Strategies to Introduce n-Butanol in Gasoline Blends

This paper shows the most relevant properties when replacing ethanol by renewable n-butanol.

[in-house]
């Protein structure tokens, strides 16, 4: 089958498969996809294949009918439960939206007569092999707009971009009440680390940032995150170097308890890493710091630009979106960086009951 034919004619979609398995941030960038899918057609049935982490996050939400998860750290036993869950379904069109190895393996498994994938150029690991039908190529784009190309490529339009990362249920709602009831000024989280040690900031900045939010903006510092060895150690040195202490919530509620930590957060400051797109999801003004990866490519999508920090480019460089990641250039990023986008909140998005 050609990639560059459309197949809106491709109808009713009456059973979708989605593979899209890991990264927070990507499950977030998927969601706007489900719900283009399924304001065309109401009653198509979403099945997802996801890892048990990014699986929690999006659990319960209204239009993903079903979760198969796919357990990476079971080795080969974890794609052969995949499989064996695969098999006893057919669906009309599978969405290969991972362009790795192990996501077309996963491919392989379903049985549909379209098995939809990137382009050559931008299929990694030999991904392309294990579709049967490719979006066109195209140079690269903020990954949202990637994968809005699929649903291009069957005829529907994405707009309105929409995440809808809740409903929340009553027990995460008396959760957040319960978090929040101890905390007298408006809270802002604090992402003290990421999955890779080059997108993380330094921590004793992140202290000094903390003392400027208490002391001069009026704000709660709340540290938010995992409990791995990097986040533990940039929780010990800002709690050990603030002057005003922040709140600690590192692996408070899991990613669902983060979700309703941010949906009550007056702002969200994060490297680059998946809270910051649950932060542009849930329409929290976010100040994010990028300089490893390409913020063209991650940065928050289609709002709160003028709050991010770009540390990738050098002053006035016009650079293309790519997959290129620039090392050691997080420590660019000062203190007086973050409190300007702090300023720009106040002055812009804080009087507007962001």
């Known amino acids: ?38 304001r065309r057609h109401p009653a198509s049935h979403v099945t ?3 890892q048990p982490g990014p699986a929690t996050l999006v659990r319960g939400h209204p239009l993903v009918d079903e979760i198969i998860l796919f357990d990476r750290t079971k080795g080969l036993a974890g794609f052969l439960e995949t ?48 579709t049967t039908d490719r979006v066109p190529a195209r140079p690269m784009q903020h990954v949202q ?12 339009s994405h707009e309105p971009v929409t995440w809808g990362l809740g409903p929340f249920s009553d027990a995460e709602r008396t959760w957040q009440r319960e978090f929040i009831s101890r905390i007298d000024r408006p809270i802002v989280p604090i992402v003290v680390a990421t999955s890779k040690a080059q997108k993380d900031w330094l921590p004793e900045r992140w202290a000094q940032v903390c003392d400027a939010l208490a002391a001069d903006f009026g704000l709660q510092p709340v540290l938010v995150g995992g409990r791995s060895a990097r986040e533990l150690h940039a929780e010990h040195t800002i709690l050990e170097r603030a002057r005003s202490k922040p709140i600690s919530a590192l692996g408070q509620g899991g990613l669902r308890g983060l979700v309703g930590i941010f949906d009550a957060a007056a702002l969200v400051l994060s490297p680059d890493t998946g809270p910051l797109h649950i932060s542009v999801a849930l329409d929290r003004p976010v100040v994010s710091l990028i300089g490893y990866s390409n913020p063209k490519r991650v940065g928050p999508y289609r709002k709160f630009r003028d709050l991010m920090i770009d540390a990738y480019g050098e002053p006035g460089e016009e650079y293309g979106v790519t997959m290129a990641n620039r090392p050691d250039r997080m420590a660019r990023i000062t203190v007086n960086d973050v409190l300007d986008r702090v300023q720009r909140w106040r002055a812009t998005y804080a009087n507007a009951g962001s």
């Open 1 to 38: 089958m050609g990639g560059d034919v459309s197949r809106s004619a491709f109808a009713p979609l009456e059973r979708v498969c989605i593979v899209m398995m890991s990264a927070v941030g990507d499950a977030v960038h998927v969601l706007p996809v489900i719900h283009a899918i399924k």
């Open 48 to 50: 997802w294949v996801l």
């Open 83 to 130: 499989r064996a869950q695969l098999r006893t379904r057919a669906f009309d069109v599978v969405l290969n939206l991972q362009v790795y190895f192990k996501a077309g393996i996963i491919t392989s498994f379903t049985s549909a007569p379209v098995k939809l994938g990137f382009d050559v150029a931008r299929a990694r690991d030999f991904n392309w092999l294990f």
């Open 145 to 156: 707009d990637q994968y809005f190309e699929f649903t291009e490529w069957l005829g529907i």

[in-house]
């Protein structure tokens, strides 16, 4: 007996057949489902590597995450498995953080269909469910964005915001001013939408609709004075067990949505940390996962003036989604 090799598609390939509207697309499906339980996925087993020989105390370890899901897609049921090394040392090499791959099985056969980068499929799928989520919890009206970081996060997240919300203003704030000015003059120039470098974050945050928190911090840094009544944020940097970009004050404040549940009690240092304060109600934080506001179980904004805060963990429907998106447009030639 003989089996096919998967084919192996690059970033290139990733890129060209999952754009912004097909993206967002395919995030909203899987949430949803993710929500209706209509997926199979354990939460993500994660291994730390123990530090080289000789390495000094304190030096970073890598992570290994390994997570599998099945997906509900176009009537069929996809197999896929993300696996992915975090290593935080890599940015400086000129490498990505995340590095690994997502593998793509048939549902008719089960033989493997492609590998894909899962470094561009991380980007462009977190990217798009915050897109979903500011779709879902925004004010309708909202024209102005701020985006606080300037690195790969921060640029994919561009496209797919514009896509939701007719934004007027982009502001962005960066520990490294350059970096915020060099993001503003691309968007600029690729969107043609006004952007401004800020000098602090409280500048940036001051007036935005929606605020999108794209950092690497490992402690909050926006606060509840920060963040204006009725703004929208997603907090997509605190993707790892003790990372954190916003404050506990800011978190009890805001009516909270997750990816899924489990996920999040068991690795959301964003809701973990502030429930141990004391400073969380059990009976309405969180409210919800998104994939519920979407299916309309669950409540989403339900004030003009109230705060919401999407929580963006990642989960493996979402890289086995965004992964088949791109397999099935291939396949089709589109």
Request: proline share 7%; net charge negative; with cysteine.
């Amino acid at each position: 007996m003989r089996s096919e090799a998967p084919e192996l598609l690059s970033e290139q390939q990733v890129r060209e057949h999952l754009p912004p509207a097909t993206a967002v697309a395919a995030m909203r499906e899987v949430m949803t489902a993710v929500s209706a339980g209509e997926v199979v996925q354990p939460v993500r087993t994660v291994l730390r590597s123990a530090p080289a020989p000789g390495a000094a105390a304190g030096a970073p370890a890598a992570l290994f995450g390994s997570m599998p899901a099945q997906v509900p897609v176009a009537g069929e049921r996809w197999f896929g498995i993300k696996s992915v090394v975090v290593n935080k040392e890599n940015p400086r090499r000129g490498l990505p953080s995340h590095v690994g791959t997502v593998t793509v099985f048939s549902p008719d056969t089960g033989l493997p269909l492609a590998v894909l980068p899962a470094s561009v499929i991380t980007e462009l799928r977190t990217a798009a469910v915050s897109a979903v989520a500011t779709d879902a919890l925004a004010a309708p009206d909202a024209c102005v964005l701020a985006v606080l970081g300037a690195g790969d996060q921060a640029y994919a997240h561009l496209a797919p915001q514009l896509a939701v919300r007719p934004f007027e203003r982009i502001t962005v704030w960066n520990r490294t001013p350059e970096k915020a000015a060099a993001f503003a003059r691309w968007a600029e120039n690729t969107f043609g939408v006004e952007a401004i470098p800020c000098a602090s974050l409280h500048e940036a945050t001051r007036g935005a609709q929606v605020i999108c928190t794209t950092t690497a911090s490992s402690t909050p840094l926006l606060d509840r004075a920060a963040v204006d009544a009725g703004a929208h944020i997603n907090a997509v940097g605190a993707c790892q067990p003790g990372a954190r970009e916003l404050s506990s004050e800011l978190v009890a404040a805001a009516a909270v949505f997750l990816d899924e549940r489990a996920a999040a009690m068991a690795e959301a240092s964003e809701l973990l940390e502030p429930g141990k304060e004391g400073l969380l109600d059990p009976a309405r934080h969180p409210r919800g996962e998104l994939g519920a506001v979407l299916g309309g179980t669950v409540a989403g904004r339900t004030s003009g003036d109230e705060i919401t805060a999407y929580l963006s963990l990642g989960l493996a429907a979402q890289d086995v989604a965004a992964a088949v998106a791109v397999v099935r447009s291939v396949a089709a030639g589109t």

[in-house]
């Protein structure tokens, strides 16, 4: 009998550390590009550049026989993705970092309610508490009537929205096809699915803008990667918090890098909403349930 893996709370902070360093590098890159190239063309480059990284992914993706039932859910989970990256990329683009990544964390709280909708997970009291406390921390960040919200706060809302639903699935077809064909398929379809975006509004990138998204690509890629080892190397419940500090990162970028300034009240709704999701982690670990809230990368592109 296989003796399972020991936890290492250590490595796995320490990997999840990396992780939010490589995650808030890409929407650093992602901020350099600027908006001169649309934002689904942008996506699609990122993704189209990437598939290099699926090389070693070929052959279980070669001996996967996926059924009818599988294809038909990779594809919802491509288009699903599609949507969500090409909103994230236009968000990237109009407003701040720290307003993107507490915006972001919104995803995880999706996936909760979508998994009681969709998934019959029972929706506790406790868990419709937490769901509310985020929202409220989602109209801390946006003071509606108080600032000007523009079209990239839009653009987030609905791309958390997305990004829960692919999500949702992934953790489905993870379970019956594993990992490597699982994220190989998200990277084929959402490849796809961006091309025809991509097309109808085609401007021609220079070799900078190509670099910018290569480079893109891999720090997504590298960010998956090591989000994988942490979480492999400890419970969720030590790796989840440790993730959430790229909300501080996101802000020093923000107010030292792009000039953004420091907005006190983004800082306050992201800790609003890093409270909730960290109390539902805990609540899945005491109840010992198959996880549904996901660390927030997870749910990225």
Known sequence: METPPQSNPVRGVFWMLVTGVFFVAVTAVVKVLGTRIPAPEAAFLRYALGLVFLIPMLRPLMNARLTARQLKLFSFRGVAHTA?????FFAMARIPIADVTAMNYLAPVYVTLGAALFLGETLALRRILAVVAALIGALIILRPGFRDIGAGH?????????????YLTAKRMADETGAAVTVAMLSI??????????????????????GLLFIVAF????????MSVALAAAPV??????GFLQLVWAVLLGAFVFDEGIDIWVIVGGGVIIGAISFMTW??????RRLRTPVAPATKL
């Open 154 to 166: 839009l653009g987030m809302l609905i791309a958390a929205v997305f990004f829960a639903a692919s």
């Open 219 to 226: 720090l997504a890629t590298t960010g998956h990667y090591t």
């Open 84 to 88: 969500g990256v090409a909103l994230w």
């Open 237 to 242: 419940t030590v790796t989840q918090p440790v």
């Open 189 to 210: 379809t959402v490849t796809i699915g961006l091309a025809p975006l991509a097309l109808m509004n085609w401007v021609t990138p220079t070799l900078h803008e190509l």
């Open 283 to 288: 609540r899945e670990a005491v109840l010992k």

Abstract: The use of oxygenated fuels in spark ignition engines (SIEs) has gained increasing attention in the last few years, especially when coming from renewable sources, due to the shortage of fossil fuels and global warming concern. Currently, the main substitute of gasoline is ethanol, which helps to reduce CO and HC emissions but presents a series of drawbacks such as a low heating value and a high hygroscopic tendency, which cause higher fuel consumption and corrosion problems, respectively. This paper shows the most relevant properties when replacing ethanol by renewable n-butanol, which presents a higher heating value and a lower hygroscopic tendency compared to the former. The test matrix carried out for this experimental study includes, on the one hand, ethanol substitution by n-butanol in commercial blends and, on the other hand, either ethanol or gasoline substitution by n-butanol in E85 blends (85% ethanol-15% gasoline by volume). The results show that the substitution of n-butanol by ethanol presents a series of benefits such as a higher heating value and a greater interchangeability with gasoline compared to ethanol, which makes n-butanol a promising fuel for SIEs in commercial blends. However, the use of n-butanol in E85 blends substituting either gasoline or ethanol may cause cold-start problems due to the lower vapor pressure of n-butanol. For this reason, a combined substitution of n-butanol by both gasoline and ethanol is proposed so that n-butanol can be used without start problems. 

 

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